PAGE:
The Trump administration has rolled back Obama-era rules governing the use of cyberweapons. U.S. government hackers will now have more latitude to respond to and deter cyber attacks by adversaries. For the military—especially U.S. Cyber Command, which has long desired more freedom to manoeuvre—this is welcome news. Other agencies, especially those with sensitive intelligence and diplomatic equities at stake, are surely less enthusiastic about the prospect of turning up the temperature in the cyberwars. A cyber policy is shaped by a trade-off between deterrence on the one hand and intelligence collection and diplomatic standing on the other. A relaxed cyber engagement policy increases U.S. deterrence capabilities—if you hit us, we can hit back. But it could also endanger existing spy operations. Robert Chesney, a University of Texas legal scholar, has observed that if the National Security Agency “is in a target system and reaping important intelligence, an offensive operation that imperils that collection may or may not be in the country’s net national interest.” If the military goes on a cyber offensive, it could also undermine the standing of U.S. diplomats when they call for international norms supporting a free and open internet.
During the Bush and Obama administrations, advocates of intelligence and diplomatic priorities enjoyed greater institutional clout in Washington and better access to the president. But in the Trump White House, the military has significant access to the West Wing, while the intelligence and diplomatic corps are at odds with the president. The days of sacrificing deterrence to other interests in cyberspace seem numbered. These conflicts are not new or unique to cyberspace. What the Pentagon calls “intelligence gain/loss” considerations apply to all domains. Dropping a bomb on a terrorist camp may disrupt one plot, but it may also kill the terrorist group’s courier who is under surveillance. Is a tactical military win worth risking a strategic intelligence asset and possible damage to U.S. diplomatic interests? In the digital domain, these calculations become much more complicated and unpredictable. Unlike the physical realm, where it is easy to calculate the blast radius of an ordinance or the likelihood of civilian casualties, the collateral effects of a cyber operation are often best guesses.
Consider the 2017 Russian cyber attack that became known as NotPetya. What started as a targeted operation against organisations in Ukraine quickly spun out of control. It metastasised into a global campaign that struck some of the world’s largest corporations, including the American drug manufacturer Merck, the Danish shipping giant Maersk and even the Russian state-owned oil company Rosneft. The cyberweapon—part of which was allegedly developed by and later stolen from the NSA—travelled well beyond Russia’s intended targets. If the U.S. launched malware at Russia, would the Kremlin stop hacking the emails of American political candidates and remove their “implants” in our critical infrastructure? Or would the code be reverse-engineered and used against the U.S. after the operation burned American intelligence sources? Fear of the latter has resulted in a very conservative approach to engaging adversaries in cyberspace. For the U.S. cyber arsenal to serve as an effective deterrent, leaders must be willing to sacrifice intelligence and diplomatic interests for military ones when circumstances warrant it. But the best use of the cyber arsenal is not necessarily in response to cyber attacks. Fighting cyber with cyber may expose America’s digital defences. It also perpetuates the norm that hostilities are confined to either the physical or virtual domain. If the U.S. and other digitally dense and dependent nations do not reserve the right to respond to cyber attacks with conventional means, we will be beholden to perpetrators of asymmetric cyberwarfare. Stability in cyberspace depends on a universal definition of force that encompasses cyberwarfare.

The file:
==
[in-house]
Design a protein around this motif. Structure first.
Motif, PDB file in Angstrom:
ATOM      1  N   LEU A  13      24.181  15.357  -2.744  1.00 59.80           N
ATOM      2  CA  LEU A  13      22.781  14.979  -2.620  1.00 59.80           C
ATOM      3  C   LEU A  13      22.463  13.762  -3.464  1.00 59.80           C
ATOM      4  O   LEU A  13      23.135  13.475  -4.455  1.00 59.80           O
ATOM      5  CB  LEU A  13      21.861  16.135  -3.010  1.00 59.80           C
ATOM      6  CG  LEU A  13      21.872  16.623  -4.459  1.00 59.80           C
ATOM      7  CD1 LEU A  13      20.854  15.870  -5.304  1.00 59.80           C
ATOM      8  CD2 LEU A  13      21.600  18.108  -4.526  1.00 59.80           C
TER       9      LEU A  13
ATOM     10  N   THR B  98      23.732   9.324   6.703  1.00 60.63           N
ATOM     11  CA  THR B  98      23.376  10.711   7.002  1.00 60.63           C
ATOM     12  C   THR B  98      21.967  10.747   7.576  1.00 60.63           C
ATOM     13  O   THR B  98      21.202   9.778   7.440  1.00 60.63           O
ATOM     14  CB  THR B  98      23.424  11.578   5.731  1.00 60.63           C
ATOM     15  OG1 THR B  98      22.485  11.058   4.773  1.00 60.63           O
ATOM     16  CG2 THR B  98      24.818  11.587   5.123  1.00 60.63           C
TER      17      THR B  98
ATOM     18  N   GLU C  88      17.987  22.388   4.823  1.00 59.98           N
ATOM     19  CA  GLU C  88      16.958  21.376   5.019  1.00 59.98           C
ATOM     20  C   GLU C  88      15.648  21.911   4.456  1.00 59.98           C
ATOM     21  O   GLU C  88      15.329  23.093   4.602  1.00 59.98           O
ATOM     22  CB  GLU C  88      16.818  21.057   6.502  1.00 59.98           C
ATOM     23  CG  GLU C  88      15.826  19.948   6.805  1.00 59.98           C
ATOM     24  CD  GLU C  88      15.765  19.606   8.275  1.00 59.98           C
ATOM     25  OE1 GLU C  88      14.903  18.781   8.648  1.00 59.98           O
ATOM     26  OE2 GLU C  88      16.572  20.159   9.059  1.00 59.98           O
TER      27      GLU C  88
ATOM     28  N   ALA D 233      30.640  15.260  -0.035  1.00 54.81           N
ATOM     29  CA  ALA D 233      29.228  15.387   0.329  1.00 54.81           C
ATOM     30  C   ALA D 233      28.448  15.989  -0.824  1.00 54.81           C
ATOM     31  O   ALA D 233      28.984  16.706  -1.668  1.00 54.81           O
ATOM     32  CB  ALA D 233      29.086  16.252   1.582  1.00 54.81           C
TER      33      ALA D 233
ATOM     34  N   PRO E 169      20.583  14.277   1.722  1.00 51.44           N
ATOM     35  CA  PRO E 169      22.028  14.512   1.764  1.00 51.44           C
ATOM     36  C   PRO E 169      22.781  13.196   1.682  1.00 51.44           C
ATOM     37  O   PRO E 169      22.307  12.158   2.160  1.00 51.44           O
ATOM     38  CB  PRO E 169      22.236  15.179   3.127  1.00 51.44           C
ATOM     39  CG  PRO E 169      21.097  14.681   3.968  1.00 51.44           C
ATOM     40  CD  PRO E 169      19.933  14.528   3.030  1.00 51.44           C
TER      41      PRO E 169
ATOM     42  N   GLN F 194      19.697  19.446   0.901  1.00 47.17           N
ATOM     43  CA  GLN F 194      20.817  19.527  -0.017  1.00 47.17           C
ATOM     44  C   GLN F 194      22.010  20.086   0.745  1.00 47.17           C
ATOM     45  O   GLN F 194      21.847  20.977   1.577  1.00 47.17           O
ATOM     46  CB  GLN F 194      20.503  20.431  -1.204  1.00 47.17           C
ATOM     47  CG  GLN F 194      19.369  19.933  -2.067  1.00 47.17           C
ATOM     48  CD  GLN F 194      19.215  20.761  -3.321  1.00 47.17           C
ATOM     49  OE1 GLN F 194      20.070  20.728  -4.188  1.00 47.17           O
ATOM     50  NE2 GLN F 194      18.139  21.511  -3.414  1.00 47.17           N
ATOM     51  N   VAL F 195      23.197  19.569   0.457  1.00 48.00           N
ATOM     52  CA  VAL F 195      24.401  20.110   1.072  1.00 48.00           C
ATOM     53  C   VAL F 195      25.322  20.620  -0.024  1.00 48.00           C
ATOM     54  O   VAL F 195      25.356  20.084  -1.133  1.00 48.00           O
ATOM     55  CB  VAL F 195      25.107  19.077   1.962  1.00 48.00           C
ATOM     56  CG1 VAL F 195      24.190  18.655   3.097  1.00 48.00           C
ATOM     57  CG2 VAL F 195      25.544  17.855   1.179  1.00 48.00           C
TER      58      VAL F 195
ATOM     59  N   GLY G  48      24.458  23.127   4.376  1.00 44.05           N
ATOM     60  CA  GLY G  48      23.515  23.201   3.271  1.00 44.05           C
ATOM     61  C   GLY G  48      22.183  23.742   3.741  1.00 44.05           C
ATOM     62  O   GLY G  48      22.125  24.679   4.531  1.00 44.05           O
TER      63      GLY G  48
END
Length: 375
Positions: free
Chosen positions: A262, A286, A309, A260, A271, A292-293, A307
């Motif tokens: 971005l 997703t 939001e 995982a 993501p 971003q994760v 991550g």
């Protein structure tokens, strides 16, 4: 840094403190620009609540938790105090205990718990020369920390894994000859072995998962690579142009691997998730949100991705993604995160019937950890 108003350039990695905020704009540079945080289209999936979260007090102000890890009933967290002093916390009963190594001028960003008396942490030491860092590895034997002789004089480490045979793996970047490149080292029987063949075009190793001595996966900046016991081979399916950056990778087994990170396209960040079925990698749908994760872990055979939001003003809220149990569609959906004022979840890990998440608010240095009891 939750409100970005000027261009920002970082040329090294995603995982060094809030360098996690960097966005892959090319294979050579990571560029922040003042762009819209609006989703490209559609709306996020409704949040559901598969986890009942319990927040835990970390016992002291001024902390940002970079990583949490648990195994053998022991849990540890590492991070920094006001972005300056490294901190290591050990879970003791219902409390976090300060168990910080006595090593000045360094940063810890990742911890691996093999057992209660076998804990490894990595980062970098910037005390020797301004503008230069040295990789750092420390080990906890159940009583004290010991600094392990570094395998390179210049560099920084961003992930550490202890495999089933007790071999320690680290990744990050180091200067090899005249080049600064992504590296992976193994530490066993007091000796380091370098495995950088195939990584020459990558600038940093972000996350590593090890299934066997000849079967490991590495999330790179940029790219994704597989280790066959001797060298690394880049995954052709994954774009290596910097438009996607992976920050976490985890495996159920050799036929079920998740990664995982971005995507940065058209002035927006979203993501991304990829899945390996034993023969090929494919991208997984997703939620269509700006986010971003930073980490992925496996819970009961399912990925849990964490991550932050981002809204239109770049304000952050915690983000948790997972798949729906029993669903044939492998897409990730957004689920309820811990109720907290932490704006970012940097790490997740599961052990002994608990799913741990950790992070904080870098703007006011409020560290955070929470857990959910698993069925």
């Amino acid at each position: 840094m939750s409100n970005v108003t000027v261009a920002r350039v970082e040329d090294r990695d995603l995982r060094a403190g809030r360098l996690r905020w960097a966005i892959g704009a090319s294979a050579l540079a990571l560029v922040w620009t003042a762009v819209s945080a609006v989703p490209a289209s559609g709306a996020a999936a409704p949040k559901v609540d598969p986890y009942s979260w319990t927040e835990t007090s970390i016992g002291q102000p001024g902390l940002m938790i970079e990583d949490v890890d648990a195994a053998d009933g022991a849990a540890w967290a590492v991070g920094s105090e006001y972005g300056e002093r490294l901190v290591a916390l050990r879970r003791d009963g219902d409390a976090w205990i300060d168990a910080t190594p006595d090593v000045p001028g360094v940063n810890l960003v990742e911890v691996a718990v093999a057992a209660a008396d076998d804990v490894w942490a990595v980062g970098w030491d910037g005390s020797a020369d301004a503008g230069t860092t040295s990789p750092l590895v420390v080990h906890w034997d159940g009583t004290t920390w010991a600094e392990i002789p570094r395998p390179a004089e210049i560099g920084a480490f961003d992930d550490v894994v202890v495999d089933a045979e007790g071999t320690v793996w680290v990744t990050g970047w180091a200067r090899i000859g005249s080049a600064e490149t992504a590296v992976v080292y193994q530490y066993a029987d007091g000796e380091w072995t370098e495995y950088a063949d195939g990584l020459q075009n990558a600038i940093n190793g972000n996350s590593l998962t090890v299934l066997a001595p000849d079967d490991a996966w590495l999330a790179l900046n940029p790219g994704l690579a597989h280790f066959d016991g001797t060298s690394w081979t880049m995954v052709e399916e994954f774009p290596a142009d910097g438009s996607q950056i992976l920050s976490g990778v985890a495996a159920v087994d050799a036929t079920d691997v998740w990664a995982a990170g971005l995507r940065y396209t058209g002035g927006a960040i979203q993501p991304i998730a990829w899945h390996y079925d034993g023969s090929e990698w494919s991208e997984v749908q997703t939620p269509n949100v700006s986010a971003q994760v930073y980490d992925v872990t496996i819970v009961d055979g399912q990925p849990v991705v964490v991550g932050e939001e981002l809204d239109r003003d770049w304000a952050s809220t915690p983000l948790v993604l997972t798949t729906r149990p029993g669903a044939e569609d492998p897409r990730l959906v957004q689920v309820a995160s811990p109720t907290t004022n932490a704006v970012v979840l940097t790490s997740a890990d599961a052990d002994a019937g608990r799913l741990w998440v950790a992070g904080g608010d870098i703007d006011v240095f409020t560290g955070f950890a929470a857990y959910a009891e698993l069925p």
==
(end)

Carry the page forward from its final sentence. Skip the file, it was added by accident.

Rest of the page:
America’s use of cyberweapons should be reserved for two scenarios. The first is offensive. Cyberweapons are an effective first-strike capability when conventional conflict is imminent or has already commenced. No one has demonstrated this better than the Russians, who launched distributed denial of service attacks in concert with ground assets during their invasions of Georgia in 2008 and Crimea in 2014. The U.S. should prioritise integrating digital weapons with its conventional arsenal. The second is defensive. Cyber-operators enjoy levels of stealth and speed unrivalled by conventional weapons systems to prevent or repel attacks, be they on the battlefield or in cyberspace. The U.S. should not hesitate to disable infrastructure that is facilitating the digital invasion of our sovereignty. To minimise the harm to U.S. diplomatic legitimacy from defensive cyberoperations, America must secure international partnerships that support them. Despite the challenges and risks of operating militarily in this new domain, the status quo is simply unacceptable. Just ask Adm Mike Rogers, former commander of U.S. Cyber Command. When pressed shortly before his departure from office in February by the Senate Armed Services Committee about America’s weak response to Russia’s election meddling, he said, “I haven’t been granted any, you know, additional authorities.” So long as the U.S. Cyber Command has its hands tied, adversaries do not perceive sufficient costs from attacking in cyberspace. Meanwhile, international norms against strong countermeasures favour countries with the least to lose. The U.S. must be prepared to defend its digital sovereignty with all the tools at its disposal.
Credit: Dave Weinstein for The Wall Street Journal, 28 August 2018.
Mr Weinstein is a cybersecurity policy fellow at New America, vice president of Threat Research at Claroty, and a former operations planner at U.S. Cyber Command.